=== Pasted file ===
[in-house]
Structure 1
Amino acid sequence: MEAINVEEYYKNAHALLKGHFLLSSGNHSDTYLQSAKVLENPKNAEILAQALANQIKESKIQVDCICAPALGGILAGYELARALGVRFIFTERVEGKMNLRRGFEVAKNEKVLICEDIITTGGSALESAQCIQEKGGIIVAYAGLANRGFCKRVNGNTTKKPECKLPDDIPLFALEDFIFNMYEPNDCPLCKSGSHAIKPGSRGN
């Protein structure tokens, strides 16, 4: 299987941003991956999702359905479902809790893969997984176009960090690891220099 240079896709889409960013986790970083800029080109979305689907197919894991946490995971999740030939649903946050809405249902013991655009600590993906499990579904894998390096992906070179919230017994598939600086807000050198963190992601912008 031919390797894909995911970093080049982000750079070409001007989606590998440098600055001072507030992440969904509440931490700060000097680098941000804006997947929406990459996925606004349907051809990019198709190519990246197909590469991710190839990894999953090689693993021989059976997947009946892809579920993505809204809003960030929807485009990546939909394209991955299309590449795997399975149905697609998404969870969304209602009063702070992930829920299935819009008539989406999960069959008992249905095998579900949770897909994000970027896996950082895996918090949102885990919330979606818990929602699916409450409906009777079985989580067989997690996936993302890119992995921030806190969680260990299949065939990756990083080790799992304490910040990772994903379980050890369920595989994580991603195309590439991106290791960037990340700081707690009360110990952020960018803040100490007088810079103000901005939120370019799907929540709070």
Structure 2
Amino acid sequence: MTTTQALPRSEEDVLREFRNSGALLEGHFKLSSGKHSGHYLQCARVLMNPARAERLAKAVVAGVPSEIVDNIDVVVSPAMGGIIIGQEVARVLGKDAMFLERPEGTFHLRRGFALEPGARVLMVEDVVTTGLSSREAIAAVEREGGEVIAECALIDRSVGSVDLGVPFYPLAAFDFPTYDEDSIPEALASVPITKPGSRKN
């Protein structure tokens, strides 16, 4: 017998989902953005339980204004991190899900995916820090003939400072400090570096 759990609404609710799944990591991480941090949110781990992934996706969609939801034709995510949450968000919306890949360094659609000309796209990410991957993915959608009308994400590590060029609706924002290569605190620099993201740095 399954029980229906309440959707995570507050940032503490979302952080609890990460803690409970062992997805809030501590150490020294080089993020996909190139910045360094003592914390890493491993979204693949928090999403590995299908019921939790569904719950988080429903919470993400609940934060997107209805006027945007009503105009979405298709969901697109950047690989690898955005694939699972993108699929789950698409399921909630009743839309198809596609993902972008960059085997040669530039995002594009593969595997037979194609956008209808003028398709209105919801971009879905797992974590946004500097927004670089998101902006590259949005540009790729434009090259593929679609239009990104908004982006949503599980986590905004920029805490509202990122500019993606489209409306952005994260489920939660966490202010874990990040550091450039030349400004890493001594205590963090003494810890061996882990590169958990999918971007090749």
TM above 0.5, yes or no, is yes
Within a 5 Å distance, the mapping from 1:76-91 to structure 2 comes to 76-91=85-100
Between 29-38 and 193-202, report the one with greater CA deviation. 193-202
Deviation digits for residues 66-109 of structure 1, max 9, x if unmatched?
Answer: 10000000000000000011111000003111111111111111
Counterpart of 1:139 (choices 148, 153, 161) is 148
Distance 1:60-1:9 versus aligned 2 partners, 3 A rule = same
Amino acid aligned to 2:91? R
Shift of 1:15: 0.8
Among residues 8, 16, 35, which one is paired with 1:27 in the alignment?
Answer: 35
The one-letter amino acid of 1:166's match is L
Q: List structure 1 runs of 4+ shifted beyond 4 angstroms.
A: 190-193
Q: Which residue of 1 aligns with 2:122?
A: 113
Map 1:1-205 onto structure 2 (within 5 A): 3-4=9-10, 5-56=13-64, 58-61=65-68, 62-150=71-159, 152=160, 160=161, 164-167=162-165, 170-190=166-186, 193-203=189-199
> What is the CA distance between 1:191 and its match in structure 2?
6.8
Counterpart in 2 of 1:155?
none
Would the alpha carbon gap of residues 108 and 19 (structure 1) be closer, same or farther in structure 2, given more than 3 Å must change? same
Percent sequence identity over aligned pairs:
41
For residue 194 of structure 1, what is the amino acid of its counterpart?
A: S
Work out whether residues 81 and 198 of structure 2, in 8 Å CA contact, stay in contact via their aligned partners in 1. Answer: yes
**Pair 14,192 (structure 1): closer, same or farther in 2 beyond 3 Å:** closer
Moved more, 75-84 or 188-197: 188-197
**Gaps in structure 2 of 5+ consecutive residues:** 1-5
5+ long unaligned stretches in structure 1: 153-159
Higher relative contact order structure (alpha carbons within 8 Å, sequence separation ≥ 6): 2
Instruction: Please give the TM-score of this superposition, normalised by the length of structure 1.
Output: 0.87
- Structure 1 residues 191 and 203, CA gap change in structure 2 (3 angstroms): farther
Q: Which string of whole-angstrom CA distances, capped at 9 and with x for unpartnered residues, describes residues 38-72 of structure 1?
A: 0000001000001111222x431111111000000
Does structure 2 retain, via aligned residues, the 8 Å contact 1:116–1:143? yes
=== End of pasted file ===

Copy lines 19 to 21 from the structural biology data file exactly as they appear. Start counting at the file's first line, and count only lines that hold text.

The one-letter amino acid of 1:166's match is L
Q: List structure 1 runs of 4+ shifted beyond 4 angstroms.
A: 190-193